To determine whether mammalian cells could attach and grow on imprinted films of polymer 2, and to provide an initial indication of the potential biocompatibility of these surfaces, we seeded NIH-3T3 fibroblasts on a film imprinted with the pattern of lines 2 μm wide used to imprint the film shown in Figures 1A-C. After incubation for 16 h, cells were stained using calcein AM. Calcein AM is a small molecule that becomes fluorescent when cleaved by esterases in viable cells, and, in addition to providing an indication of cell viability, also aids in the identification of cells and the characterization of cell morphology and alignment using fluorescence microscopy.59,60 Figures 4A and 4B show representative phase contrast and fluorescence microscopy images of cells incubated on an imprinted film of polymer 2. Inspection of these images reveals that cells are attached to the surface of the film and that they are viable, as indicated by the green fluorescence visible in virtually every cell. Although additional studies will be required to characterize more completely the broader biocompatibility of polymer 2, these results demonstrate that the reactive azlactone groups on the surfaces of these films do not promote significant cell death or prevent cell attachment.

Figure 4
(A) Phase contrast and (B) fluorescence microscopy images of NIH-3T3 fibroblasts (stained with calcein AM) seeded on a film of polymer 2 imprinted with a silicon master patterned with lines at a 4-μm pitch (see text). (C) Phase contrast image ...

Past studies have demonstrated that azlactones react readily with the lysine residues of proteins.61-63 Although PMMA is commonly used as a biomaterial suitable for in vivo applications,58 we speculate that, in addition to any role played by the PMMA component of polymer 2 in promoting cell attachment, the reaction of serum proteins in the cell culture media with the azlactone groups at the surfaces of these films could also influence or help promote the attachment of cells. Indeed, comparison of the image in Figure 4A with the image in Figure 4C, which shows cells seeded on an imprinted film of PMMA, reveals that cells attached and aligned to a greater degree on imprinted films of polymer 2 than on imprinted films of PMMA. We note that, in addition to potential reactions with serum proteins, any residual unreacted azlactone groups at the surfaces of films of polymer 2 would also likely hydrolyze shortly after the incubation of these films in cell culture media. Finally, we note that the images shown in Figure 4 reveal a high degree of cell alignment and extension parallel to the imprinted lines (these imprinted lines are visible in the inset of Figure 4A). Cells attached to unpatterned portions of the film (i.e., regions outside of the area into which the silicon master was imprinted) did not exhibit a preferred orientation (data not shown). These results are consistent with those of past studies demonstrating the contact guidance of cells by topographically patterned substrates fabricated using traditional approaches.24-32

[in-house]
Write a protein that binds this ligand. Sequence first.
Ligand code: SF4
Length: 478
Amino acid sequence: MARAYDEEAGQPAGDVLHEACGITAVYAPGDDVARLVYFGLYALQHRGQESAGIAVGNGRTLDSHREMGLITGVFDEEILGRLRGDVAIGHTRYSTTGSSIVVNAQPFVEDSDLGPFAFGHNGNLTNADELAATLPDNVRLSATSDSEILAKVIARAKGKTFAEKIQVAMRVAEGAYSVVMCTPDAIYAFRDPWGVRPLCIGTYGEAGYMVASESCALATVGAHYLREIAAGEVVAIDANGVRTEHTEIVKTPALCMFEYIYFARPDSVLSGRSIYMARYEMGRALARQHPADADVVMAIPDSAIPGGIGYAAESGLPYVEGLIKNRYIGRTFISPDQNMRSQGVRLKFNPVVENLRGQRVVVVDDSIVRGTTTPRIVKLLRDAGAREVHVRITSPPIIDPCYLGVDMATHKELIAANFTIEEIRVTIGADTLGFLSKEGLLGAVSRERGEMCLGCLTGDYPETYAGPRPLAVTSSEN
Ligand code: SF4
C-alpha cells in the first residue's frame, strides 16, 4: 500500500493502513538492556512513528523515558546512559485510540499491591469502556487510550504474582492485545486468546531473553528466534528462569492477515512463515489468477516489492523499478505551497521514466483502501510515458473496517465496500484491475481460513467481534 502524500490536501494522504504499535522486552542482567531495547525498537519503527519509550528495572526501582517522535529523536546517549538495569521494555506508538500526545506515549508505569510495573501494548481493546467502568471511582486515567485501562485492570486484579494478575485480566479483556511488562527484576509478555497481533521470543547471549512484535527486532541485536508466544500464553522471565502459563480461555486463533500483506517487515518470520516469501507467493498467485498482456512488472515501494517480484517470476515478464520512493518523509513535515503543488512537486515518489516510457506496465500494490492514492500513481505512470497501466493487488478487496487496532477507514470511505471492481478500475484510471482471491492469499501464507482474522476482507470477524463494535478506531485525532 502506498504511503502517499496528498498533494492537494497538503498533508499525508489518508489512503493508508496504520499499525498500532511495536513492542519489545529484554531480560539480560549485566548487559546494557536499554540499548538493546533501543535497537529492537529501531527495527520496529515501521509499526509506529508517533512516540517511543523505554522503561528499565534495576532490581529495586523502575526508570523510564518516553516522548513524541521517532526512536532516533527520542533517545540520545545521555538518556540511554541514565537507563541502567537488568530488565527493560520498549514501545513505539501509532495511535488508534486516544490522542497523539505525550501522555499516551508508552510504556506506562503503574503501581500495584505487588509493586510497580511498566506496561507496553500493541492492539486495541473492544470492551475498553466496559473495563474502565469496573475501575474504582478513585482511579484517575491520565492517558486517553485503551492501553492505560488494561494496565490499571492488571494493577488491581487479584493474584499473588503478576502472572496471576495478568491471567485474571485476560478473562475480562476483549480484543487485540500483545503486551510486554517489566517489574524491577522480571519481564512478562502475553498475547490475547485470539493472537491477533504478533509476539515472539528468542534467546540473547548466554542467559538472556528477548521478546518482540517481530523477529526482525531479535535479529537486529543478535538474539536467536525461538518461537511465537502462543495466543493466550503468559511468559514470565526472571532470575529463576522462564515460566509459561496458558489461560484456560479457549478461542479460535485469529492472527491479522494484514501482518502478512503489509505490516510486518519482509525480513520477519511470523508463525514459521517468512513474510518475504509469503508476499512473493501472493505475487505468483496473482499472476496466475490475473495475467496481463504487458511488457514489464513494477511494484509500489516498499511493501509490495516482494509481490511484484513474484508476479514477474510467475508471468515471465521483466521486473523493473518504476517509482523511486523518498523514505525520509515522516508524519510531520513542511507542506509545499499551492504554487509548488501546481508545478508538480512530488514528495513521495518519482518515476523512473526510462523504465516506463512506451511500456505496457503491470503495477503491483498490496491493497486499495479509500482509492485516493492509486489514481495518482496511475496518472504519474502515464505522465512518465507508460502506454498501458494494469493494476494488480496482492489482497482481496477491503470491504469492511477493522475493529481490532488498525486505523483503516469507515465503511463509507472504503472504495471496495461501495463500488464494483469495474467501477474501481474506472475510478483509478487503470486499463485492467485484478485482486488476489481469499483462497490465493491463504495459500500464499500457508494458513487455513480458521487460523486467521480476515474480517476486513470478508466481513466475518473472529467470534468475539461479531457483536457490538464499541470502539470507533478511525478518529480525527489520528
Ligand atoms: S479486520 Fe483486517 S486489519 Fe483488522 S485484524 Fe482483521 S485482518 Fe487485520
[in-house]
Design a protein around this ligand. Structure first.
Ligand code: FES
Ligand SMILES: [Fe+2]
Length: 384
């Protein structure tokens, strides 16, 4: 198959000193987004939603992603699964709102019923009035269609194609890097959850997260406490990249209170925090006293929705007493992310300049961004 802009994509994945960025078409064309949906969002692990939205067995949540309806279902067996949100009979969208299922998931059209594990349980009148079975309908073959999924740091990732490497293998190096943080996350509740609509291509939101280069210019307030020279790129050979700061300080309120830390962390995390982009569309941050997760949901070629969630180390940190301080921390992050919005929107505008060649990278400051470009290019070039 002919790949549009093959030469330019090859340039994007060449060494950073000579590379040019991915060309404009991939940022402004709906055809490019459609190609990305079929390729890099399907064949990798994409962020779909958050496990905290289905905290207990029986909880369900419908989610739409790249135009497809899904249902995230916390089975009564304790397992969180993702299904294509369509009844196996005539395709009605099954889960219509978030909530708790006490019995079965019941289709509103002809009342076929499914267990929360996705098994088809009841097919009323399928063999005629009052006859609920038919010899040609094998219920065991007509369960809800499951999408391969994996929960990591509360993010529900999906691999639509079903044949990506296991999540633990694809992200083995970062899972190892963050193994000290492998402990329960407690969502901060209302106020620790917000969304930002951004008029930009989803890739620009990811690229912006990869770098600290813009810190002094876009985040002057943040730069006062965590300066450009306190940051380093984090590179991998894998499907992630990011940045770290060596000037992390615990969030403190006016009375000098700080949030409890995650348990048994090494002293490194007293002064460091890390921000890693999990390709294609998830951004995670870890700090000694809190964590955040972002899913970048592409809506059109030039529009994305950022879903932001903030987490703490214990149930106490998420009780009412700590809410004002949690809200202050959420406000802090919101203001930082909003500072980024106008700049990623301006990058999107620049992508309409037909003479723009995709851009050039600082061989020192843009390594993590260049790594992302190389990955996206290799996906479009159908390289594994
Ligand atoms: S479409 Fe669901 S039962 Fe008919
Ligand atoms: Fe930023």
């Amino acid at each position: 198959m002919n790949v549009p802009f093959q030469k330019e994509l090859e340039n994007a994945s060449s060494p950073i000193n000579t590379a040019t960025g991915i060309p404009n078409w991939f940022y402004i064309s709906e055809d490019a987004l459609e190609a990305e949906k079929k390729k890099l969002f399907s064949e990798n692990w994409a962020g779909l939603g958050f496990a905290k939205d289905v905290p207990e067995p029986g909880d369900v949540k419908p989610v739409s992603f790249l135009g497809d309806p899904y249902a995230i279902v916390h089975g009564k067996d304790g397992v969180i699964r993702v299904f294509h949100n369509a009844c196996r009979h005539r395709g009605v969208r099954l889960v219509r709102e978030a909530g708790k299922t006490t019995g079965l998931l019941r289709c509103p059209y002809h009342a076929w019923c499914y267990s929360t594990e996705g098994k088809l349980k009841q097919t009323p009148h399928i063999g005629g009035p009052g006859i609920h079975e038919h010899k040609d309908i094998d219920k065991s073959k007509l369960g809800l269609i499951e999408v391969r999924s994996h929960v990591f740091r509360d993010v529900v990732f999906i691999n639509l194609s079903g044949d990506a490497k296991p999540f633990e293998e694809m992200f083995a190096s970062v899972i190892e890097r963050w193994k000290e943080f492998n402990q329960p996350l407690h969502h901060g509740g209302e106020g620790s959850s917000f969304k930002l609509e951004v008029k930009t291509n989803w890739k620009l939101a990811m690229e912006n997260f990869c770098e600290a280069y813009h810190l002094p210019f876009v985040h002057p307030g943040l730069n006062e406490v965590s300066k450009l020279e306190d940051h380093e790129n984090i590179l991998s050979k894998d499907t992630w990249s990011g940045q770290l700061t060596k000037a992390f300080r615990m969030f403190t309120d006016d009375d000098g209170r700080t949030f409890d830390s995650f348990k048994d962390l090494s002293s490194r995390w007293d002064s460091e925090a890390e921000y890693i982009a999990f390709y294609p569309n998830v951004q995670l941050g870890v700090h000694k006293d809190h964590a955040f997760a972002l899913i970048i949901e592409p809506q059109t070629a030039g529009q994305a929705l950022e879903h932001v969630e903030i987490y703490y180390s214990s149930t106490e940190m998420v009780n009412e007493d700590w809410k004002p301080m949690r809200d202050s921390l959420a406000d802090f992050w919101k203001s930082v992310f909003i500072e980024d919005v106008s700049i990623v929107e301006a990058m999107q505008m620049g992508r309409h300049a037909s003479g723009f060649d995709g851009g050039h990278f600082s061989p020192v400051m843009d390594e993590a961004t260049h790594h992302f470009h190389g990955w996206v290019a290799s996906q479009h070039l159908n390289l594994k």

Imprinted Films Functionalized Using Amine-Terminated Poly(ethylene glycol) Prevent Cell Attachment

The chemical reactivity of the azlactone groups of the materials investigated above provides a materials-based platform that could be used to investigate the combined effects of surface topography and chemical functionalization on the responses of cells at surfaces. As a first step toward the design of surfaces with patterns of topography and chemical functionality, we sought to determine whether methods commonly used to confer resistance to non-specific protein adsorption or cell attachment on the surfaces of other commonly used materials [e.g., attachment of poly(ethylene glycol) (PEG)64-67 or short oligomers of ethylene glycol68,69] could be used to prevent cell attachment to localized regions of imprinted films of polymer 2. To investigate the feasibility of this approach, a film of polymer 2 imprinted with lines 2 μm wide was treated with a drop of a solution containing PEG functionalized with a primary amine at one terminus (PEG-NH2, MW = 5000) for ~2.5 hours and then rinsed with water prior to the seeding of cells. Figures 5A-B show phase contrast optical micrographs of this film 40 hours after seeding NIH-3T3 fibroblasts on the surface. Inspection of these images reveals an oblong region in which very few cells are attached, surrounded by areas in which cells are attached and elongated with a high degree of alignment, similar to the results shown in Figure 4 for a film that was not functionalized. These results suggest that the immobilization of PEG at the surface through reaction of the amine terminal groups of PEG-NH2 with the azlactone groups of polymer 2 occurs to an extent that is sufficient to resist the attachment of cells.

Figure 5
Phase contrast microscopy images of NIH-3T3 fibroblasts seeded on a film of polymer 2 imprinted with a silicon master patterned with lines at a 4-μm pitch. Prior to cell seeding, the imaged areas were treated with a drop of (A,B) PEG-NH2 and (C) ...